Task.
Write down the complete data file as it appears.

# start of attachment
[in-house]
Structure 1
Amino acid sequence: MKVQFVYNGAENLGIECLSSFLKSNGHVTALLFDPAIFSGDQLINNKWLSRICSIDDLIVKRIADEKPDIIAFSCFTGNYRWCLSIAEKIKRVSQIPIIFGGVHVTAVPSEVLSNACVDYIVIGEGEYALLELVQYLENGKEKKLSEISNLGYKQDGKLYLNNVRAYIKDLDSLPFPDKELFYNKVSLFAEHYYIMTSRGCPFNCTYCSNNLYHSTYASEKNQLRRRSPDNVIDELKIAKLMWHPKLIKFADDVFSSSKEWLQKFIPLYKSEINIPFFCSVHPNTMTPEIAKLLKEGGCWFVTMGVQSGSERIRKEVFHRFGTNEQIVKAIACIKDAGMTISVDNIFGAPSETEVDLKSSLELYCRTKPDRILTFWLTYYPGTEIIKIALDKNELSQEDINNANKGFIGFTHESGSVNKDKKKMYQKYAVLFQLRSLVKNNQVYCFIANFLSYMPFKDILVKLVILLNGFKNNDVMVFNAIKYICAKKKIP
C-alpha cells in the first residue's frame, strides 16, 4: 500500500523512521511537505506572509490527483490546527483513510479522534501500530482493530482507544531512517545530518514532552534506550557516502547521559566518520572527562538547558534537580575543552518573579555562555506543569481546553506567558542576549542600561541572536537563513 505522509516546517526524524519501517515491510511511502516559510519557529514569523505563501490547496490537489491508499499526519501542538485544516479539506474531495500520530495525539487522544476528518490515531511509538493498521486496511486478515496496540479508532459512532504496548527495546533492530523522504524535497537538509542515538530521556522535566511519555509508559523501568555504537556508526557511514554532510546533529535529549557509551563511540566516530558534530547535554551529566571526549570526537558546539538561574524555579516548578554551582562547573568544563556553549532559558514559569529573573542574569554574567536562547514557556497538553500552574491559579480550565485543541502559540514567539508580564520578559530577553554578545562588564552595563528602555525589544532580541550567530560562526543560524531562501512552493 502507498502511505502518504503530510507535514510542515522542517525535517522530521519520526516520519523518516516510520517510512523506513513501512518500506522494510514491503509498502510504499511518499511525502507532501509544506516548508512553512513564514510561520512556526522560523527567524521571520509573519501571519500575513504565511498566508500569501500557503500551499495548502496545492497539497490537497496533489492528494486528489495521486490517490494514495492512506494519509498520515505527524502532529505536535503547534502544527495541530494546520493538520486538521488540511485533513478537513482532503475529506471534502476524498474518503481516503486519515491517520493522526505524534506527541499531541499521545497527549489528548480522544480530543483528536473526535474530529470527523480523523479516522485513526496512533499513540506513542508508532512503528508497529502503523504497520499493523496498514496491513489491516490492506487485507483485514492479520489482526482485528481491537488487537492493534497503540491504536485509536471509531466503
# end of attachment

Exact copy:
[in-house]
Structure 1
Amino acid sequence: MKVQFVYNGAENLGIECLSSFLKSNGHVTALLFDPAIFSGDQLINNKWLSRICSIDDLIVKRIADEKPDIIAFSCFTGNYRWCLSIAEKIKRVSQIPIIFGGVHVTAVPSEVLSNACVDYIVIGEGEYALLELVQYLENGKEKKLSEISNLGYKQDGKLYLNNVRAYIKDLDSLPFPDKELFYNKVSLFAEHYYIMTSRGCPFNCTYCSNNLYHSTYASEKNQLRRRSPDNVIDELKIAKLMWHPKLIKFADDVFSSSKEWLQKFIPLYKSEINIPFFCSVHPNTMTPEIAKLLKEGGCWFVTMGVQSGSERIRKEVFHRFGTNEQIVKAIACIKDAGMTISVDNIFGAPSETEVDLKSSLELYCRTKPDRILTFWLTYYPGTEIIKIALDKNELSQEDINNANKGFIGFTHESGSVNKDKKKMYQKYAVLFQLRSLVKNNQVYCFIANFLSYMPFKDILVKLVILLNGFKNNDVMVFNAIKYICAKKKIP
C-alpha cells in the first residue's frame, strides 16, 4: 500500500523512521511537505506572509490527483490546527483513510479522534501500530482493530482507544531512517545530518514532552534506550557516502547521559566518520572527562538547558534537580575543552518573579555562555506543569481546553506567558542576549542600561541572536537563513 505522509516546517526524524519501517515491510511511502516559510519557529514569523505563501490547496490537489491508499499526519501542538485544516479539506474531495500520530495525539487522544476528518490515531511509538493498521486496511486478515496496540479508532459512532504496548527495546533492530523522504524535497537538509542515538530521556522535566511519555509508559523501568555504537556508526557511514554532510546533529535529549557509551563511540566516530558534530547535554551529566571526549570526537558546539538561574524555579516548578554551582562547573568544563556553549532559558514559569529573573542574569554574567536562547514557556497538553500552574491559579480550565485543541502559540514567539508580564520578559530577553554578545562588564552595563528602555525589544532580541550567530560562526543560524531562501512552493 502507498502511505502518504503530510507535514510542515522542517525535517522530521519520526516520519523518516516510520517510512523506513513501512518500506522494510514491503509498502510504499511518499511525502507532501509544506516548508512553512513564514510561520512556526522560523527567524521571520509573519501571519500575513504565511498566508500569501500557503500551499495548502496545492497539497490537497496533489492528494486528489495521486490517490494514495492512506494519509498520515505527524502532529505536535503547534502544527495541530494546520493538520486538521488540511485533513478537513482532503475529506471534502476524498474518503481516503486519515491517520493522526505524534506527541499531541499521545497527549489528548480522544480530543483528536473526535474530529470527523480523523479516522485513526496512533499513540506513542508508532512503528508497529502503523504497520499493523496498514496491513489491516490492506487485507483485514492479520489482526482485528481491537488487537492493534497503540491504536485509536471509531466503